Individuals with autism spectrum disorders (ASD) commonly experience variances in tactile behaviors, such as hypersensitivity to light touch stimuli, altered texture discrimination, and hyporesponsivity to pain. Researchers aim to investigate the somatosensory sensitivity and sensorimotor integration utilizing novel, objective behavioral assays and TMS. The main purpose is to study brain plasticity (the changes that occur in the brain through experience) in individuals with autism spectrum disorders.
Autism Spectrum Disorder
Individuals with autism spectrum disorders (ASD) commonly experience variances in tactile behaviors, such as hypersensitivity to light touch stimuli, altered texture discrimination and hyporesponsivity to pain. The degree of this somatosensory impairment correlates with increased anxiety behaviors as well as impairments in social behavior among ASD patients. There remains an unmet need for suppressing the tactile hypersensitivity, which may improve anxiety and other core symptoms of ASD; however, methodologies for measuring tactile sensitivity vary widely across clinical and basic research fields. There is an urgent need for direct and objective sensory reactivity metrics in clinical studies to assess deficits in specific patient populations and for designing effective therapeutic strategies. As compared with traditional behavioral methods, the investigators propose to test novel, objective and quantitative metrics of somatosensory sensitivity in individuals with ASD. In addition, transcranial magnetic stimulation (TMS) provides a method of measuring cortical reactivity offering the advantage of providing behaviorally independent results that are largely unaffected by attention or cognitive ability. Therefore, a TMS-based physiologic biomarker may be applicable to all individuals across the autism spectrum. A form of TMS known as paired associative stimulation (PAS) can be used to study the suggested impairment in integration of sensory input into cortical function that underlies tactile hypersensitivity in ASD. Thus, the investigators aim to investigate somatosensory sensitivity and sensorimotor integration utilizing novel, objective behavioral assays and TMS. Participation in the study will consist of up to seven visits: one screening visit, two sensory testing visits, and two - four TMS sessions. The screening visit is expected to last between 2-3 hours, during which participants will first provide informed consent. Participants will then receive a thorough medical examination by a neurologist, and a neuropsychological evaluation (including IQ measures and ASD specific evaluations). If eligible to continue, participants will then come back for two sensory visits and two - four TMS visits that are spaced a minimum of 1 week apart.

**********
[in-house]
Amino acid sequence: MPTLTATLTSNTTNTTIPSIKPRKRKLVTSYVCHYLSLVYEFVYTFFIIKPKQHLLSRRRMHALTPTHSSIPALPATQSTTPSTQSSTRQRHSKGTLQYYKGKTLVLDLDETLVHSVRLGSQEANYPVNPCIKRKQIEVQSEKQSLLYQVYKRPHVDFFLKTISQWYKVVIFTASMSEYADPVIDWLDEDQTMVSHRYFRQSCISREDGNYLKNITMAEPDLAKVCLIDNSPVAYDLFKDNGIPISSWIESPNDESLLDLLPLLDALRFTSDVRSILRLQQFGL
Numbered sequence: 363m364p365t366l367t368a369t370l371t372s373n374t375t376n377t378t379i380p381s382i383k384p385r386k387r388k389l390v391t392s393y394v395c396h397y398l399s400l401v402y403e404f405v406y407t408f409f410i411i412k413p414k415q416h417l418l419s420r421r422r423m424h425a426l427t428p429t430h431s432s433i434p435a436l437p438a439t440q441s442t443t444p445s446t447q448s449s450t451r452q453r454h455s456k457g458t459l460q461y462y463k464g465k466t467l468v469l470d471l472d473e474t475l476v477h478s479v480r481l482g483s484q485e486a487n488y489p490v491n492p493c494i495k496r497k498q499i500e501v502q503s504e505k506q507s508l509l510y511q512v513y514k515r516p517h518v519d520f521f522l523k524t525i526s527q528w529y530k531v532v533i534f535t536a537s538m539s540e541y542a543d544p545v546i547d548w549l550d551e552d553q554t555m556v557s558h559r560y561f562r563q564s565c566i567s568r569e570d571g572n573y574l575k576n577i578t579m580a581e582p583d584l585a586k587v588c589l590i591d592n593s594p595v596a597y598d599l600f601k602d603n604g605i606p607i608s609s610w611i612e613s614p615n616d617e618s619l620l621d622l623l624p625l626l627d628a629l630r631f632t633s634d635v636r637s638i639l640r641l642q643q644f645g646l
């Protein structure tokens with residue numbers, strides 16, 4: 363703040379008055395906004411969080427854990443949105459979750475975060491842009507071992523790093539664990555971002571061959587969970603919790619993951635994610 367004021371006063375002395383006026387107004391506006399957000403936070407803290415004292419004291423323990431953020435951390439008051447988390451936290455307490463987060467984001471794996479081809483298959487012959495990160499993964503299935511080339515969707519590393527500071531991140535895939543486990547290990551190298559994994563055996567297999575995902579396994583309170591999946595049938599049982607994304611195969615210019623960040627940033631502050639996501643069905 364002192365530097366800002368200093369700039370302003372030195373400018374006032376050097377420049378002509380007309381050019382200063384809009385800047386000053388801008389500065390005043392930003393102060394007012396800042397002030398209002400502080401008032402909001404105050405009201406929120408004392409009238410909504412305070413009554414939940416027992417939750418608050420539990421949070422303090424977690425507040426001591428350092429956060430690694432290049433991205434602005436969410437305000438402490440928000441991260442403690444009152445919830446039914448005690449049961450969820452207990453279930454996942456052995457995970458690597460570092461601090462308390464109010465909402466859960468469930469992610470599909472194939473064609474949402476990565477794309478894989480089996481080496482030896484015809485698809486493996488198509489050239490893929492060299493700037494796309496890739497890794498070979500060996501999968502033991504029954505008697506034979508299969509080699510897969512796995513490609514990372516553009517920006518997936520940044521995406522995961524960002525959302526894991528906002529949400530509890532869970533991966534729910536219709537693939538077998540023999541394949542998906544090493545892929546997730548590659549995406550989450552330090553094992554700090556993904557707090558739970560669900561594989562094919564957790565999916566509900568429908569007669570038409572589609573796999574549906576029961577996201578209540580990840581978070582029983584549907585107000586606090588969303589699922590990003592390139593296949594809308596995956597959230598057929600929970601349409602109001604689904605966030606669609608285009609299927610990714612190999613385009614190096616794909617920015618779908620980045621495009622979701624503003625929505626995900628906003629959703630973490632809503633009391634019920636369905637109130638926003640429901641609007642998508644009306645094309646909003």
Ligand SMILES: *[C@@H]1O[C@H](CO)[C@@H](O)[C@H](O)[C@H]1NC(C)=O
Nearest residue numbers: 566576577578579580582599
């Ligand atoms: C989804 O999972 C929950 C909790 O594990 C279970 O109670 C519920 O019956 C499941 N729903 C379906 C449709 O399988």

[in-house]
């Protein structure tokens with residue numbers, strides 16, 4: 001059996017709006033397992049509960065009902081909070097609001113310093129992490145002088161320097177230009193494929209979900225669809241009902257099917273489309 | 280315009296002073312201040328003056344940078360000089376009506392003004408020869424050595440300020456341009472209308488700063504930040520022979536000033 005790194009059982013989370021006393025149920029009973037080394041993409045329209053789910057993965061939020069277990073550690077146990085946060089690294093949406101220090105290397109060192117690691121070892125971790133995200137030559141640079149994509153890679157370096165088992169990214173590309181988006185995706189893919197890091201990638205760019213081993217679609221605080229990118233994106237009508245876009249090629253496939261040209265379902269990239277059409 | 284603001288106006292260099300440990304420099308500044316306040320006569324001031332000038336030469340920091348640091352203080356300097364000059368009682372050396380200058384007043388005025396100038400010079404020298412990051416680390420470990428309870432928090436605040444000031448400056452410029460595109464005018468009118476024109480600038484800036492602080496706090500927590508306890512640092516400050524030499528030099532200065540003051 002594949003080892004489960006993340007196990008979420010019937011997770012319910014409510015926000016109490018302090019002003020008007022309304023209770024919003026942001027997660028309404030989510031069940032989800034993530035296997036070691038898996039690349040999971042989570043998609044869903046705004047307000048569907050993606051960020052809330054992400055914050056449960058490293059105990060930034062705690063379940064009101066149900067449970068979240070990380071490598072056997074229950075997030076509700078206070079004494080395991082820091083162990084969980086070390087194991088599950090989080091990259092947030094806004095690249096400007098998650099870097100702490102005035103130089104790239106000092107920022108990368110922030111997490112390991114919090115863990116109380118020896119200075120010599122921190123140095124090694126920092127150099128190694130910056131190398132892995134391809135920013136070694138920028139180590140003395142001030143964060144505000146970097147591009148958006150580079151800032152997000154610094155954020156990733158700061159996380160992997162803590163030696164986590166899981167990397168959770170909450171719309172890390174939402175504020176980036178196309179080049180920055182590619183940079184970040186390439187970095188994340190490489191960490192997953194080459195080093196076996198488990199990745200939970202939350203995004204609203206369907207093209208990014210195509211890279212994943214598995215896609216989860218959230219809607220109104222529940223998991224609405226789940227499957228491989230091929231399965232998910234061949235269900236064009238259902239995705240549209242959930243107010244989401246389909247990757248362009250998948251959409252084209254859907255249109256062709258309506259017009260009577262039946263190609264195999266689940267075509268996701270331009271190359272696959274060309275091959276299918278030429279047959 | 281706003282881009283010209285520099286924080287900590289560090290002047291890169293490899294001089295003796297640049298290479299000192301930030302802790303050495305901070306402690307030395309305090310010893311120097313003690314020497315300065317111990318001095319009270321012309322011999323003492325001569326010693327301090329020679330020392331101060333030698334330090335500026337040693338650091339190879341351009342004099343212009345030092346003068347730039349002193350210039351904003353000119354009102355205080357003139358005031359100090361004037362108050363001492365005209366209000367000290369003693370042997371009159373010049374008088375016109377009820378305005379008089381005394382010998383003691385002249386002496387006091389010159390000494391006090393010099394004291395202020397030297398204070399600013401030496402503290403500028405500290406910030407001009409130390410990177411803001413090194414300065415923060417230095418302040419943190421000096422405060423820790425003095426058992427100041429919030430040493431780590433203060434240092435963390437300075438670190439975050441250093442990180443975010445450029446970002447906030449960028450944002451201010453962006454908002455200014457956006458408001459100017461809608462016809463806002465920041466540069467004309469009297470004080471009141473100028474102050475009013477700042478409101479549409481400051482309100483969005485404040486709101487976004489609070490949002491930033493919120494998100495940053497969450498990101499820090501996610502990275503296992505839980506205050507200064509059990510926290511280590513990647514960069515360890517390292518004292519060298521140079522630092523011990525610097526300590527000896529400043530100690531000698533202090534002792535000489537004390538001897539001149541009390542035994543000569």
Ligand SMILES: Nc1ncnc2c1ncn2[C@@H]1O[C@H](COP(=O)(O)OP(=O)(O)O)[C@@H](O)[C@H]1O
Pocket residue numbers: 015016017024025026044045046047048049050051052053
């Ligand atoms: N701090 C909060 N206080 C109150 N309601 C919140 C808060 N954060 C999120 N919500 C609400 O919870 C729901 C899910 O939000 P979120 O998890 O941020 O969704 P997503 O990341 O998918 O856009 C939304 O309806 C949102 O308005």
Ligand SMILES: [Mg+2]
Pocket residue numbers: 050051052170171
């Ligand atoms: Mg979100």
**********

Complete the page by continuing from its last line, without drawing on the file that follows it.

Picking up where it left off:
For ASD group:
Clinical diagnosis of a disorder on the autism spectrum according to:
DSM-IV or DSM 5 criteria
IQ>70 (as determined by the Abbreviated Stanford-Binet IQ)
For the Control group:
No history of ASD or other developmental delay
No history of ASD or other developmental delay in first-degree relatives.
No history of clinical diagnosis of an anxiety disorder
Both ASD and Control groups:
Intracranial pathology, cerebral palsy, history of severe head injury, or syndromic dysmorphology
History of fainting spells of unknown or undetermined etiology that might constitute seizure
History of seizure or epilepsy
Chronic (particularly) uncontrolled medical conditions that may cause a medical emergency
Metal implants (excluding dental fillings) or devices such as pacemaker, medication pump, nerve stimulator, TENS unit, ventriculo-peritoneal shunt unless cleared by the responsible MD
Substance abuse or dependence within the past six months
Chronic treatment with prescription medications that decrease cortical seizure threshold
Peripheral neuropathy, as determined by the study MD during neurologic exam
For the Control group:
For control participants' medical history will be reviewed for diagnoses of neurologic or psychiatric disease. If in the judgment of the investigator, the condition, e.g., depression, is well-controlled with stable medications, and does not include abnormalities of the sensory motor systems, they may be included in the study. Control participants will be excluded from taking part in the study if they have a 1st degree relative with ASD.
(Optional) Saliva Collection
Transcranial Magnetic Stimulation
November 5, 2021
Primary Contact Information
For more information on this trial, visit clinicaltrials.gov.
For more information and to contact the study team: